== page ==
United States District Court, M.D. Florida, Tampa Division
REPORT AND RECOMMENDATION
B. McCOUN III UNITED STATES MAGISTRATE JUDGE.
MATTER is before the Court on Plaintiff's
[Opposed] Motion for Attorney Fees Under 42
U.S.C. § 406(b) (Doc. 27) and Defendant's
response in opposition (Doc. 31).
motion, Plaintiff's attorney seeks an Order, pursuant to
42 U.S.C. § 406(b), approving an award of attorneys'
fees in the amount of $13, 675.00. She claims she has not
received an attorney's fee award under the Equal Access
to Justice (EAJA); her attorney had been authorized to
receive a fee in this case in the amount of $15, 900; and she
has been notified that the SSA is withholding the amount of
$13, 675, which represents the balance of the 25% of past due
benefits awarded. (Doc. 27).
opposes the motion, claiming Plaintiff's attorney has
failed to show that the request is reasonable and will not
result in a windfall to the attorney to the detriment of the
client. She argues the district court must conduct an
independent reasonableness determination as to the
appropriate fee. She argues that Plaintiff's attorney did
not include in his motion the number of hours incurred
representing Plaintiff in this action or his normal hourly
rate. In the absence of such information, she submits that
the motion should be denied. (Doc. 31).
award of attorney's fees is authorized under 42 U.S.C.
§ 406(b) where the district court remands the case to
the Commissioner for further proceedings, and the
Commissioner on remand awards the claimant past-due
benefits. Bergen v. Comm'r of Soc.
Sec., 454 F.3d 1273, 1276-78 (11th Cir. 2006). Under
those circumstances, the claimant may return to the court and
seek fees not exceeding twenty-five percent of the past-due
benefits awarded. See 42 U.S.C. §406(b)(1)(A);
Paltan v. Comm'r of Soc. Sec., 518 F. App'x
673, 674 (11th Cir. 2013). The fees, however, must still be
reasonable and may be offset against a previous
award. See Gisbrecht v. Barnhart, 535
U.S. 789, 808 (2002); Jackson v. Comm'r of Soc.
Sec., 601 F.3d 1268, 1274 (11th Cir. 2010). An attorney
who is successful in claiming both EAJA fees from the United
States and an award under § 406(b) (which comes out of
past-due benefits) must refund “to the claimant the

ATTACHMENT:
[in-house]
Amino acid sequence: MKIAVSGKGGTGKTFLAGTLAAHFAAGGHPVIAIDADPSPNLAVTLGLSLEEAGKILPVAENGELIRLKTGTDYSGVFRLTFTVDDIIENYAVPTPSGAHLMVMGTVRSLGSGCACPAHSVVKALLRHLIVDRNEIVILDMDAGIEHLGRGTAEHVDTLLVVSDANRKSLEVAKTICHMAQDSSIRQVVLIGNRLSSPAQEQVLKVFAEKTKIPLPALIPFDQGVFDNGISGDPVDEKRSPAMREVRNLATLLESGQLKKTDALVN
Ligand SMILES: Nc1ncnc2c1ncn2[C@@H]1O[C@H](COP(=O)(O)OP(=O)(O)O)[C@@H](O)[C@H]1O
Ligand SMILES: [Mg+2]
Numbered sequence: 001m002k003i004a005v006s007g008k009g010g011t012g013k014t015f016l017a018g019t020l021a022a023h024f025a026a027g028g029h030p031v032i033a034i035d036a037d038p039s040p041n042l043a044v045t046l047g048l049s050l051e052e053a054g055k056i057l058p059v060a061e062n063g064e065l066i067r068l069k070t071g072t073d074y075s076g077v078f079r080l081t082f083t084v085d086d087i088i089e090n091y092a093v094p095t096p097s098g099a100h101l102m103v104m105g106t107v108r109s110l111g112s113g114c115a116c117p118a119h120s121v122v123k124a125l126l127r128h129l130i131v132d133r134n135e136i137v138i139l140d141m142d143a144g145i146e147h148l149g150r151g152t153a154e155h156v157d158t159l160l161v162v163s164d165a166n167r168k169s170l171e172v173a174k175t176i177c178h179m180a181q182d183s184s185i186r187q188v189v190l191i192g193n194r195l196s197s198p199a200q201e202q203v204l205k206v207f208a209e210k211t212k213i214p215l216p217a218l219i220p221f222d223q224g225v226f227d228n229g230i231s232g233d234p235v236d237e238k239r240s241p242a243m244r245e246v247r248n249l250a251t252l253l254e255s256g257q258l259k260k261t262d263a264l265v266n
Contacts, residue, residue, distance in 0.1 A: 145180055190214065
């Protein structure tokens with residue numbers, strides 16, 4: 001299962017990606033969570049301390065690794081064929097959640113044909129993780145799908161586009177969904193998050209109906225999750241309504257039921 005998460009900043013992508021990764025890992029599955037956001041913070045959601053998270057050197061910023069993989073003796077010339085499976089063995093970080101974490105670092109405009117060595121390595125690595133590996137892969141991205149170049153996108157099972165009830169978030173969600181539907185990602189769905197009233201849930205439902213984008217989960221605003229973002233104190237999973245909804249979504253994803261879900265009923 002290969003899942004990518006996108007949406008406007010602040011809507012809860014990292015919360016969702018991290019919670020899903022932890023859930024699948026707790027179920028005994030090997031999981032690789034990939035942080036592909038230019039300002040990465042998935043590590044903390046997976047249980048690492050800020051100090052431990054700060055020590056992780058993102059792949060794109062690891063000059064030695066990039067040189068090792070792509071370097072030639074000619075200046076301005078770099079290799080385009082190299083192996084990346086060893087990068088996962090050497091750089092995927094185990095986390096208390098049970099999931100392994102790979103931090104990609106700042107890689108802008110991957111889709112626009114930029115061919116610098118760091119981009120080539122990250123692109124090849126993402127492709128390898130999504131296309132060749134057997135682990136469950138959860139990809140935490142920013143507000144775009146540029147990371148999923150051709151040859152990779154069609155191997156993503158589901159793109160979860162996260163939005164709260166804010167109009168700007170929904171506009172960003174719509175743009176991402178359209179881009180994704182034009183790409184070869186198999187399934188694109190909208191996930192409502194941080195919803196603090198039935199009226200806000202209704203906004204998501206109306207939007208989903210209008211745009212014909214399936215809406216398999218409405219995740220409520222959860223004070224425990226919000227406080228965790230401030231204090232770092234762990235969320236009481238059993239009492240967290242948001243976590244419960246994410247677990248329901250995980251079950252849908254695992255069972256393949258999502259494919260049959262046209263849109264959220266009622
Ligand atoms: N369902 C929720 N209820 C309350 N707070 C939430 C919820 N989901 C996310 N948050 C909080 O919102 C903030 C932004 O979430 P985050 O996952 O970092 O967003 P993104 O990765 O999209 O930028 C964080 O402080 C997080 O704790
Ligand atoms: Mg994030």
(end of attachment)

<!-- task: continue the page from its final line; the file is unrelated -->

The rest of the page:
amount of the smaller fee.” Gisbrecht, 535
U.S. at 796 (2002). The attorney may elect to deduct an
earlier EAJA award from a subsequent 406(b) award rather than
refunding the smaller EAJA fee and accepting the 406(b) in
full. Green v. Comm'r of Soc. Sec., 390 F.
App'x 873, 874 (11th Cir. 2010).
here, section 406 of the Social Security Act provides for two
types of fee awards, both of which are paid from the
claimant's past-due benefits. Section 406(a) authorizes
fees for representation at the administrative level. Fees
awarded under this section are capped at 25% of that amount
or a lesser fixed amount. 42 U.S.C. § 406(a)(2)(A), (C).
Section 406(b) authorizes fees for representation in federal
court. Fees awarded under this section also are capped at 25%
of that amount. 42 U.S.C. § 406(b)(1)(A). Where an
attorney receives a fee award pursuant to section 406(a) for
administrative work and section 406(b) for work before a
court, the aggregate of the fees cannot exceed 25% of
past-due benefits. Dawson v. Finch, 425 F.2d 1192,
1195 (5th Cir. 1970) (“We are fully convinced that 42
U.S.C.[ ] [§] 406 precludes the aggregate allowance of
attorney's fees greater than twenty-five percent of the
past due benefits received by the claimant. Dawson has
already been authorized by the Secretary to charge the
maximum. He is entitled to no more.”); Wood v.
Comm'' of Soc. Sec., 861 F.3d 1197, 1206 (11th
Cir. 2017) (affirming Dawson as binding precedent
and finding the district court did not err in its
interpretation and application of Dawson).
case, counsel undertook to represent the claimant on a
contingency fee basis. (See Doc. 27 at 4-7).
According to the fee agreement dated July 18, 2006, for work
performed before the Social Security Administration,
Plaintiff's attorney was entitled to 25% of the
“total past-due benefits awarded ... or $5, 300.00,
whichever is less.” Id. at 4. The subsequent
fee agreement dated October 10, 2007, provides, in pertinent
part, “If I lose at the ALJ hearing and my attorney
agrees to appeal and I win my case later, the fee will be
[25%] of all past due benefits awarded in my case.”
Id. at 6.
appeal from the administrative decision, the Court entered
Judgment for Plaintiff, reversing the decision of the
Commissioner and remanding the case for further proceedings.
(Docs. 20, 21). Thereafter, the Court denied without
prejudice Plaintiff request for attorney's fees under the
Equal Access to Justice Act (EAJA). (Docs. 22,
did not re-file her motion for EAJA fees, but instead filed
the instant motion following the resolution of her claim on
remand. Plaintiff states that her attorney “had been
authorized to receive a fee in this case in the amount of
$15, 900.00” (Doc. 27 at 2); however, it is entirely
unclear if all or a portion of these fees have been received
and in what amount.
August 18, 2017, after initial review of the motion and
response, this Court directed Plaintiff's counsel to
supplement his motion within ten (10) days as to the
following: the total amount of past-due benefits awarded to
Plaintiff; the status of any award of fees under 42 U.S.C.
406(a) or other fees received by counsel; and the number of
hours counsel incurred in representing Plaintiff in this
action. (Doc. 32). Plaintiff's counsel has not
supplemented his motion or otherwise responded.
record presented, the total amount of past due benefits
awarded to Plaintiff is unknown. In addition, it is unclear
if Plaintiff s counsel has received some or all of the $15,
900, presumably awarded under section 406(a). As such, I am
unable to ascertain whether the combined fees received ...